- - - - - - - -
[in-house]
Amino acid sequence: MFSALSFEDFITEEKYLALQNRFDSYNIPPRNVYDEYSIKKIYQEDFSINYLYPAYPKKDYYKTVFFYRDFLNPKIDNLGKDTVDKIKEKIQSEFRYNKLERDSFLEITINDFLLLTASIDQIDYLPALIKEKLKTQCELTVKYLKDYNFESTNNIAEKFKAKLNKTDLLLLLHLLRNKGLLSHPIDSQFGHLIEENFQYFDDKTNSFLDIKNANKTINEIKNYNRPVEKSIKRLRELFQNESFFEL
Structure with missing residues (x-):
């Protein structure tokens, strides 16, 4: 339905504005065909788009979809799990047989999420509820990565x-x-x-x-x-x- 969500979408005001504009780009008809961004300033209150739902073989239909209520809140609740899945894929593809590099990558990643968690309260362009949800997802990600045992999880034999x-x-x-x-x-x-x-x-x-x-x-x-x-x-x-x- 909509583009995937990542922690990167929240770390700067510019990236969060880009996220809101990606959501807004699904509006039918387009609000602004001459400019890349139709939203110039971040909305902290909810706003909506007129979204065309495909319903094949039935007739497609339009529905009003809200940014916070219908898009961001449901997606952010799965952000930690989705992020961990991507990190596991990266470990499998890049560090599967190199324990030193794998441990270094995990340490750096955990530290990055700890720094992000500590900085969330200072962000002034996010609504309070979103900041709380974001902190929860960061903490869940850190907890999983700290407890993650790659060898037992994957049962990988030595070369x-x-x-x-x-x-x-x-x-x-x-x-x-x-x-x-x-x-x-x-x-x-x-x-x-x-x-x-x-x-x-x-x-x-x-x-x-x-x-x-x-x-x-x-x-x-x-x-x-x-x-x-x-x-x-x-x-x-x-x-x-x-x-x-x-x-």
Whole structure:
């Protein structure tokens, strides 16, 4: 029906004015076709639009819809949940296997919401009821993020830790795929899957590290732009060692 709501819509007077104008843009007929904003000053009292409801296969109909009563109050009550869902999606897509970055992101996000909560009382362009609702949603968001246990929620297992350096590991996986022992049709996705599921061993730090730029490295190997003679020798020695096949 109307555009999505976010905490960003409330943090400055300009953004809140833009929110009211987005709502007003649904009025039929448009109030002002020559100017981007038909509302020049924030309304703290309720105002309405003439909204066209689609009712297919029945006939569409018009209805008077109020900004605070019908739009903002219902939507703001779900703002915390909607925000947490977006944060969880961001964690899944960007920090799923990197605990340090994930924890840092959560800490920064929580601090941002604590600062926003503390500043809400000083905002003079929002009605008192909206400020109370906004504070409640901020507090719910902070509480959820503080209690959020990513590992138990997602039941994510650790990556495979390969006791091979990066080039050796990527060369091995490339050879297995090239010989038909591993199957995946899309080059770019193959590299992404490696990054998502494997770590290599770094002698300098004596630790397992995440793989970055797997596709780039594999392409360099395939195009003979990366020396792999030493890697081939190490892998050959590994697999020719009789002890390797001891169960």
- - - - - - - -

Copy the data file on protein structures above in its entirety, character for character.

[in-house]
Amino acid sequence: MFSALSFEDFITEEKYLALQNRFDSYNIPPRNVYDEYSIKKIYQEDFSINYLYPAYPKKDYYKTVFFYRDFLNPKIDNLGKDTVDKIKEKIQSEFRYNKLERDSFLEITINDFLLLTASIDQIDYLPALIKEKLKTQCELTVKYLKDYNFESTNNIAEKFKAKLNKTDLLLLLHLLRNKGLLSHPIDSQFGHLIEENFQYFDDKTNSFLDIKNANKTINEIKNYNRPVEKSIKRLRELFQNESFFEL
Structure with missing residues (x-):
């Protein structure tokens, strides 16, 4: 339905504005065909788009979809799990047989999420509820990565x-x-x-x-x-x- 969500979408005001504009780009008809961004300033209150739902073989239909209520809140609740899945894929593809590099990558990643968690309260362009949800997802990600045992999880034999x-x-x-x-x-x-x-x-x-x-x-x-x-x-x-x- 909509583009995937990542922690990167929240770390700067510019990236969060880009996220809101990606959501807004699904509006039918387009609000602004001459400019890349139709939203110039971040909305902290909810706003909506007129979204065309495909319903094949039935007739497609339009529905009003809200940014916070219908898009961001449901997606952010799965952000930690989705992020961990991507990190596991990266470990499998890049560090599967190199324990030193794998441990270094995990340490750096955990530290990055700890720094992000500590900085969330200072962000002034996010609504309070979103900041709380974001902190929860960061903490869940850190907890999983700290407890993650790659060898037992994957049962990988030595070369x-x-x-x-x-x-x-x-x-x-x-x-x-x-x-x-x-x-x-x-x-x-x-x-x-x-x-x-x-x-x-x-x-x-x-x-x-x-x-x-x-x-x-x-x-x-x-x-x-x-x-x-x-x-x-x-x-x-x-x-x-x-x-x-x-x-």
Whole structure:
């Protein structure tokens, strides 16, 4: 029906004015076709639009819809949940296997919401009821993020830790795929899957590290732009060692 709501819509007077104008843009007929904003000053009292409801296969109909009563109050009550869902999606897509970055992101996000909560009382362009609702949603968001246990929620297992350096590991996986022992049709996705599921061993730090730029490295190997003679020798020695096949 109307555009999505976010905490960003409330943090400055300009953004809140833009929110009211987005709502007003649904009025039929448009109030002002020559100017981007038909509302020049924030309304703290309720105002309405003439909204066209689609009712297919029945006939569409018009209805008077109020900004605070019908739009903002219902939507703001779900703002915390909607925000947490977006944060969880961001964690899944960007920090799923990197605990340090994930924890840092959560800490920064929580601090941002604590600062926003503390500043809400000083905002003079929002009605008192909206400020109370906004504070409640901020507090719910902070509480959820503080209690959020990513590992138990997602039941994510650790990556495979390969006791091979990066080039050796990527060369091995490339050879297995090239010989038909591993199957995946899309080059770019193959590299992404490696990054998502494997770590290599770094002698300098004596630790397992995440793989970055797997596709780039594999392409360099395939195009003979990366020396792999030493890697081939190490892998050959590994697999020719009789002890390797001891169960």